|A SOUTHERN PACIFIC TRAIN SOMEWHERE AROUND CHICO C. 1985 PRINTED AS A BLACK AND WHITE AND THEN COLORED WITH PHOTO OILS AND COLORED PENCILS|
The photograph above is one I took in the mid eighties while I was on a photographic outing. It was likely taken on Kodak T Max film, developed in either D-76 or T Max developer, fixed with Kodak Rapid Fixer, and the print was developed in Kodak Dektol paper developer.
I was not a Kodak loyalist. When I first started dark room work, I almost exclusively used their products in everything from black and white film to color slide film and chemistry. It did not take me long to reject Kodak's black and white papers (with the exception of their "G" surface papers which I used for hand-coloring photographs - like the one above).
My point is that many things have changed during the course of my life. The Southern Pacific Transportation Company is long gone.
This photograph is important to me in that it represents several important parts of my life. My life is valuable to me, but like the Southern Pacific, there will come a day when The Thomas Bethune no longer runs. I suppose, in all honesty, that I still wish to leave a mark and some forms of reference that will remind others that Thomas Bethune was here, and that his life was of some value.
I occasionally return to Bakersfield to visit family. While we are there, I always make several pilgrimages to the shrines of my youth: The site of the Southern Pacific's yard in East Bakersfield; The house I grew up in; the house I owned as a young husband and father; Caliente; The Tehachapi Loop; Tehachapi; Summit and Mojave; EBHS; Mt. Breckenridge; the foothills. All these places are parts of what helped form me as a man, and all of these places have and are changing.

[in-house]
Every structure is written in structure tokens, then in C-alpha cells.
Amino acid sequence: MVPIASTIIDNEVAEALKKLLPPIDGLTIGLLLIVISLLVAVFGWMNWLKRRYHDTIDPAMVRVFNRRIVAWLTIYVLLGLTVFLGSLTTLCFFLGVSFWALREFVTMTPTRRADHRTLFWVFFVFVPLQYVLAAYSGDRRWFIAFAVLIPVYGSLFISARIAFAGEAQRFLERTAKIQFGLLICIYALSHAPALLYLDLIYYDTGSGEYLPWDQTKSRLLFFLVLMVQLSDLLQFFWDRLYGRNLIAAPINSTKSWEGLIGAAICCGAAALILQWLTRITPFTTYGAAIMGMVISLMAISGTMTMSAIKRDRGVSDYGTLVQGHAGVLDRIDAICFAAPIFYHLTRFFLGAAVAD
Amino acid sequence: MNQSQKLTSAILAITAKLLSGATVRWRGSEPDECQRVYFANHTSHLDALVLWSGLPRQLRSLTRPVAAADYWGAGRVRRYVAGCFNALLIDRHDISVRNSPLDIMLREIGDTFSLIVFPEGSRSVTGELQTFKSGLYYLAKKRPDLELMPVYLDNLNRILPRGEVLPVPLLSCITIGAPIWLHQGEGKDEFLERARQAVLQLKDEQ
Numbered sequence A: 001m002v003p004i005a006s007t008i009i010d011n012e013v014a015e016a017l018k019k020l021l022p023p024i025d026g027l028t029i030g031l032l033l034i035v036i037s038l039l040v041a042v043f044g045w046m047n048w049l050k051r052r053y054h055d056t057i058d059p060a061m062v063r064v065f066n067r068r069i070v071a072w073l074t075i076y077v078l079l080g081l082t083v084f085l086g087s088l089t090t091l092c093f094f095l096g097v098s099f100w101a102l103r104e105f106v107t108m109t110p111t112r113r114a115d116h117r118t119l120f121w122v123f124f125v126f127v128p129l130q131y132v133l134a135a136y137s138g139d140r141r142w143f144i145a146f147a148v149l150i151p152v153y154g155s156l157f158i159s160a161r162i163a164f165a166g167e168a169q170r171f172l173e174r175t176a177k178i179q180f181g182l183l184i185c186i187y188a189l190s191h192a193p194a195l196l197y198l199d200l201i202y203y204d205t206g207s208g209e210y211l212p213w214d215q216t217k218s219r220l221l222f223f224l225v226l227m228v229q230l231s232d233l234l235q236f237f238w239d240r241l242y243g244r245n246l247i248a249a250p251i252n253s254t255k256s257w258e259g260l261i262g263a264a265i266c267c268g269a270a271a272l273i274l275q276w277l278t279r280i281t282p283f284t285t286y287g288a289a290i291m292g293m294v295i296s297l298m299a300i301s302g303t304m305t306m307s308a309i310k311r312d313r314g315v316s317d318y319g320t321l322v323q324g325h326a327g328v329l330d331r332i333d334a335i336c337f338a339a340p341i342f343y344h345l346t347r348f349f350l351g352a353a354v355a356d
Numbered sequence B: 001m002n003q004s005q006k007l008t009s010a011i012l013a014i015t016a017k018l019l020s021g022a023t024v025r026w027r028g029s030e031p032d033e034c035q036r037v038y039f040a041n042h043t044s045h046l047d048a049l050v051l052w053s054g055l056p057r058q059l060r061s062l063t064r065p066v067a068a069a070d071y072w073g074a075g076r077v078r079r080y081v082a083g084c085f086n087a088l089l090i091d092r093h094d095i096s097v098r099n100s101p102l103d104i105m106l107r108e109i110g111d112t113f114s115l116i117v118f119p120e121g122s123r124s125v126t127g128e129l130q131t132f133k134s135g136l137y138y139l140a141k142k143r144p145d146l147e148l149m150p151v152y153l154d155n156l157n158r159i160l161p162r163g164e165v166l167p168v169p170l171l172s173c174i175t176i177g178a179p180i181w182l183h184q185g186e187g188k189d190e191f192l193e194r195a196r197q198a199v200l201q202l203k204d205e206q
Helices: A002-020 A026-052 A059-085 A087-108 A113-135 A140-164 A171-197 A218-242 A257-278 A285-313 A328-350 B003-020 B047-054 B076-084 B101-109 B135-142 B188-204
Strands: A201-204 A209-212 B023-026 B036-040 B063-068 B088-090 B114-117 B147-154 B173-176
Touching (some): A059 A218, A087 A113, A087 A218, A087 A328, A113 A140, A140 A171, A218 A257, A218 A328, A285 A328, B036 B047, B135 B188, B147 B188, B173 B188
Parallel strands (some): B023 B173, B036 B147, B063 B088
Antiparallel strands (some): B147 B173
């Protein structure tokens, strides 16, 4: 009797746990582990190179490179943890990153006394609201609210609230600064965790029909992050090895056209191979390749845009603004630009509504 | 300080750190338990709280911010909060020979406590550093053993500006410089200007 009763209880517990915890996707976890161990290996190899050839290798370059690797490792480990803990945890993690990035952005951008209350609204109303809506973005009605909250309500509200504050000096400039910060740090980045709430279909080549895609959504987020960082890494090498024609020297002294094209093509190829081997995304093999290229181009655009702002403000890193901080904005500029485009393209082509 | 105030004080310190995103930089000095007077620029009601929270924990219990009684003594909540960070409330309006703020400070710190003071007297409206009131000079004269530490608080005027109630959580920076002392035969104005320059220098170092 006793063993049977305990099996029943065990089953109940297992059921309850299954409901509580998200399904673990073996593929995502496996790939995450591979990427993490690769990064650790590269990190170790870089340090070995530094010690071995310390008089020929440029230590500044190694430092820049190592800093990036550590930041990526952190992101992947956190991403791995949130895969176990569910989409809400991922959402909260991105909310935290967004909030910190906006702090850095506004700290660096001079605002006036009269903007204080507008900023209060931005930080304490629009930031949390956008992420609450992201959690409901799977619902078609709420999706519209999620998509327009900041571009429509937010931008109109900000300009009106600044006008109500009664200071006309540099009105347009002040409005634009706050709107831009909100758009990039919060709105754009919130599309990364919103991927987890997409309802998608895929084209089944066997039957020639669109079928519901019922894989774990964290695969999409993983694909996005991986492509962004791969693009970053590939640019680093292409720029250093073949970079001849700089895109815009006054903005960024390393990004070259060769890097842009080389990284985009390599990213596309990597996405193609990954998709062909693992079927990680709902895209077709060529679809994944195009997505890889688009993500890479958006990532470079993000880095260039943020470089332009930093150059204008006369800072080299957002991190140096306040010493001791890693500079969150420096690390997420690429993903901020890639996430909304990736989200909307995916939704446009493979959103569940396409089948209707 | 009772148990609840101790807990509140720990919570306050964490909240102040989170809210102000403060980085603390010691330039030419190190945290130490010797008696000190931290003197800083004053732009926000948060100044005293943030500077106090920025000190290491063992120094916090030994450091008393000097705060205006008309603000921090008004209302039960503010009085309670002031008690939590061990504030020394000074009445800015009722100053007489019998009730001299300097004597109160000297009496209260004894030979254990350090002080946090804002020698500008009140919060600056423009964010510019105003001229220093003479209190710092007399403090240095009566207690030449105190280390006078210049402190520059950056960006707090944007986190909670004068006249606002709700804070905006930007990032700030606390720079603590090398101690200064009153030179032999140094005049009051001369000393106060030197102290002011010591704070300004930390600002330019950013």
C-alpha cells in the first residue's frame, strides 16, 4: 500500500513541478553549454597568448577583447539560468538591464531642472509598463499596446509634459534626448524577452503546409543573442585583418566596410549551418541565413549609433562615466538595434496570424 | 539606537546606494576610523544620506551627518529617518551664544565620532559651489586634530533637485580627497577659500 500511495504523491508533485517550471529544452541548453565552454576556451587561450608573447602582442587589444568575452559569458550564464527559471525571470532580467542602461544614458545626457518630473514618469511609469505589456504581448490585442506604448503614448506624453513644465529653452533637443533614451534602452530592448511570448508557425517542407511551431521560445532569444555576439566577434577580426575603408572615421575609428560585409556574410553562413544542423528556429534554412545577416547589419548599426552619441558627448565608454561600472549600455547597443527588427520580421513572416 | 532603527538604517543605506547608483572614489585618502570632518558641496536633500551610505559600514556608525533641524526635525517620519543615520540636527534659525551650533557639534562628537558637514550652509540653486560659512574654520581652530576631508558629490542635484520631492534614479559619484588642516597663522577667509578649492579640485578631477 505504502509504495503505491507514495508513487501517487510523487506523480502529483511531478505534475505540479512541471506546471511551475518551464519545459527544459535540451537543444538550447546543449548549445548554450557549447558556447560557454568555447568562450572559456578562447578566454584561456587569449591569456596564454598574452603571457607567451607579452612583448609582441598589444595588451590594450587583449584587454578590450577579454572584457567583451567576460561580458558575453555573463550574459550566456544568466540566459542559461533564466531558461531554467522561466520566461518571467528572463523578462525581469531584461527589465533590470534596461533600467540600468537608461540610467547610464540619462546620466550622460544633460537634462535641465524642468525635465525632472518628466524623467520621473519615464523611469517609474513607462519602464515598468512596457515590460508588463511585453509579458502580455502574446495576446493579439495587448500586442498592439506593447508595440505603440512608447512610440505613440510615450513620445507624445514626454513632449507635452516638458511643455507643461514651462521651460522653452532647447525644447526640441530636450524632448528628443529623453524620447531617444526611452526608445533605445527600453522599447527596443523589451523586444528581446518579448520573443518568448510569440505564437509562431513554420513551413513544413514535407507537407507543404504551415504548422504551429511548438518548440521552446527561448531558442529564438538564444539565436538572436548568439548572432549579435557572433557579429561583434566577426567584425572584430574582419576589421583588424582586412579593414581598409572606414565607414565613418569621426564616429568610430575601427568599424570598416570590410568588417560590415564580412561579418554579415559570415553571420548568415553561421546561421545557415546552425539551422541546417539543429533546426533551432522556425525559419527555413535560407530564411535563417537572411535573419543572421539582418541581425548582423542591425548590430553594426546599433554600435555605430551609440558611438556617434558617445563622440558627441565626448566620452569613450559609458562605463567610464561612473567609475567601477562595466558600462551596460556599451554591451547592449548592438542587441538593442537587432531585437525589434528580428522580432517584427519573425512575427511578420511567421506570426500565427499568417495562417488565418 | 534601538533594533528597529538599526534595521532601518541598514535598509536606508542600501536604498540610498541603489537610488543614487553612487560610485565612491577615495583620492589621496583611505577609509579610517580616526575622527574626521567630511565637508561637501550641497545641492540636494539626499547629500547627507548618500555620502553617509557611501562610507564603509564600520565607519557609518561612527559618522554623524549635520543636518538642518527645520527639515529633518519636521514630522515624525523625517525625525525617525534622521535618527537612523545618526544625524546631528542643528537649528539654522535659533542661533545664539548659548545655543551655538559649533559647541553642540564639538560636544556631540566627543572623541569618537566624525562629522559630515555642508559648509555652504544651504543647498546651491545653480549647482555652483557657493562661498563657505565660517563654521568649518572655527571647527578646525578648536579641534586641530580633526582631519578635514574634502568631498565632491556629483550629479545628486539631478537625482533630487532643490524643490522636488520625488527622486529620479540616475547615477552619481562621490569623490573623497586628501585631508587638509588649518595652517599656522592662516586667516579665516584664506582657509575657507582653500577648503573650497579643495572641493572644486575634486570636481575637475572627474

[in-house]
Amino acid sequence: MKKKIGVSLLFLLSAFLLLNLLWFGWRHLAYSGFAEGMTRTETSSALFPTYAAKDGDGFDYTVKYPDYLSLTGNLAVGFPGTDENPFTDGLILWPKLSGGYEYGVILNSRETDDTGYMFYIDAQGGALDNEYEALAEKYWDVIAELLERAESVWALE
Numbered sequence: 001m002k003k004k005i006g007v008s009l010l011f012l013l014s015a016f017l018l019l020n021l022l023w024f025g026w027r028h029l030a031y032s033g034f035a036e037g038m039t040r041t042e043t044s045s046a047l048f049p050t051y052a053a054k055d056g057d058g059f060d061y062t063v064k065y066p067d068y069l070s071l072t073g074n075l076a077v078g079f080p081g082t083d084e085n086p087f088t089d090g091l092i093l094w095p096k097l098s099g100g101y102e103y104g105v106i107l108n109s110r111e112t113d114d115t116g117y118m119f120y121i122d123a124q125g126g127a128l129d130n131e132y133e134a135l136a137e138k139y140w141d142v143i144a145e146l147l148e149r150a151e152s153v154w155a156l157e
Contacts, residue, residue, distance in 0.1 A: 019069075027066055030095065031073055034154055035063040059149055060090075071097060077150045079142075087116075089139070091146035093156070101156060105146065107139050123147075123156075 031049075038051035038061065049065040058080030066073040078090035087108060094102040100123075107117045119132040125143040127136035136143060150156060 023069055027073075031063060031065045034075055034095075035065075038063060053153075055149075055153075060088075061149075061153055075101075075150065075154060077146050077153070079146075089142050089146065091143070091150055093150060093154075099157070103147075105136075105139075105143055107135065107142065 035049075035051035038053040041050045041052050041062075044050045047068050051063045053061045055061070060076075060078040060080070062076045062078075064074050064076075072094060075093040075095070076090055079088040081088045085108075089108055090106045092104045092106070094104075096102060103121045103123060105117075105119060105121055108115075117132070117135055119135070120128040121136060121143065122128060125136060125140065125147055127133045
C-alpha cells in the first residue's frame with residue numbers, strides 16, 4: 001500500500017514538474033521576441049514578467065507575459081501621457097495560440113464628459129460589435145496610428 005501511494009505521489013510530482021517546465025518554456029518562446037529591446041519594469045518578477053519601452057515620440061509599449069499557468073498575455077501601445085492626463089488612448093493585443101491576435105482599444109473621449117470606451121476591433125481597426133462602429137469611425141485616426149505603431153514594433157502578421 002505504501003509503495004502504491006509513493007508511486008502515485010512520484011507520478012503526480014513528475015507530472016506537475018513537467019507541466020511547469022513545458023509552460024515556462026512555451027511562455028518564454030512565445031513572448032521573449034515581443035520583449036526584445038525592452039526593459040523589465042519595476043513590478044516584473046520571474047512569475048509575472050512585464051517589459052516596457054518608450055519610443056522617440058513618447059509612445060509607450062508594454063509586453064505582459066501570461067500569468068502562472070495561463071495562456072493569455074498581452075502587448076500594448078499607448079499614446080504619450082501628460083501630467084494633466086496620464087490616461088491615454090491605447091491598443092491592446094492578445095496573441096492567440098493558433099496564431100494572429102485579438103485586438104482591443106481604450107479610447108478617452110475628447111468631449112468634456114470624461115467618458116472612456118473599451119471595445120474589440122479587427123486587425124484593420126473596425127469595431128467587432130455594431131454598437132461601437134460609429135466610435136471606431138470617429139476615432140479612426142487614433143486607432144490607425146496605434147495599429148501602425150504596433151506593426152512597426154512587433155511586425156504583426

I accept that change is inevitable. I fully get, understand, and embrace that fact. I am not living in the past when I reflect on the past with my blog ramblings. I do draw strength, pride and gratitude for the events that took place in/at the above-mentioned places. I know that who I am is a result of the lessons learned at these and many other places and times.
I hope that the images that I create as an artist carry with them my connections to The Southern Pacific and Kodak. I trust that aspects of Tom as the father, husband, son, grandson, railroader, soldier, photographer, and so on carry through in my expression as an artist.
The above photograph does clearly convey my love of trains and of photography. I think that other not so obvious photographs do so as well without the subject matter being a train.